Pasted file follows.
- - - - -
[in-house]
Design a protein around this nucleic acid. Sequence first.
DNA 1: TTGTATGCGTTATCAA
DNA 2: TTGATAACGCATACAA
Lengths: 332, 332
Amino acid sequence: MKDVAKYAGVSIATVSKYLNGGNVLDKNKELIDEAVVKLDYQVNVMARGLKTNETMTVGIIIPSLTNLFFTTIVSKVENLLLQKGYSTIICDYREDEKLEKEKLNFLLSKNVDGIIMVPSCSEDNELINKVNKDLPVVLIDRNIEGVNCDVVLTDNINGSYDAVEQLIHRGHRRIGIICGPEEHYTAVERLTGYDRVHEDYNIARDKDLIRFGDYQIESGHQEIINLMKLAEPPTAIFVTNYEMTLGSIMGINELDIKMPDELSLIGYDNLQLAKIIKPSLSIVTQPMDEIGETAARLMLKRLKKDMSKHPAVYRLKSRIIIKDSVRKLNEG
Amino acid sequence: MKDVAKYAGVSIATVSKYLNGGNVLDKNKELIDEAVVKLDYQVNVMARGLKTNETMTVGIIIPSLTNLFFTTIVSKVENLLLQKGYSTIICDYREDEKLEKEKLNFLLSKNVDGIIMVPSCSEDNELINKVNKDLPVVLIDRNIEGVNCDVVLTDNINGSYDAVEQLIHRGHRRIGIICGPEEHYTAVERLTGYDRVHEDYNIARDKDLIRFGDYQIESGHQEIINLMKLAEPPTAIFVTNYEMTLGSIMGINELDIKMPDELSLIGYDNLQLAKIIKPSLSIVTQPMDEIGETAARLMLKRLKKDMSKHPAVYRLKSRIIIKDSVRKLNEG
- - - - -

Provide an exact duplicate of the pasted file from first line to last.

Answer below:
[in-house]
Design a protein around this nucleic acid. Sequence first.
DNA 1: TTGTATGCGTTATCAA
DNA 2: TTGATAACGCATACAA
Lengths: 332, 332
Amino acid sequence: MKDVAKYAGVSIATVSKYLNGGNVLDKNKELIDEAVVKLDYQVNVMARGLKTNETMTVGIIIPSLTNLFFTTIVSKVENLLLQKGYSTIICDYREDEKLEKEKLNFLLSKNVDGIIMVPSCSEDNELINKVNKDLPVVLIDRNIEGVNCDVVLTDNINGSYDAVEQLIHRGHRRIGIICGPEEHYTAVERLTGYDRVHEDYNIARDKDLIRFGDYQIESGHQEIINLMKLAEPPTAIFVTNYEMTLGSIMGINELDIKMPDELSLIGYDNLQLAKIIKPSLSIVTQPMDEIGETAARLMLKRLKKDMSKHPAVYRLKSRIIIKDSVRKLNEG
Amino acid sequence: MKDVAKYAGVSIATVSKYLNGGNVLDKNKELIDEAVVKLDYQVNVMARGLKTNETMTVGIIIPSLTNLFFTTIVSKVENLLLQKGYSTIICDYREDEKLEKEKLNFLLSKNVDGIIMVPSCSEDNELINKVNKDLPVVLIDRNIEGVNCDVVLTDNINGSYDAVEQLIHRGHRRIGIICGPEEHYTAVERLTGYDRVHEDYNIARDKDLIRFGDYQIESGHQEIINLMKLAEPPTAIFVTNYEMTLGSIMGINELDIKMPDELSLIGYDNLQLAKIIKPSLSIVTQPMDEIGETAARLMLKRLKKDMSKHPAVYRLKSRIIIKDSVRKLNEG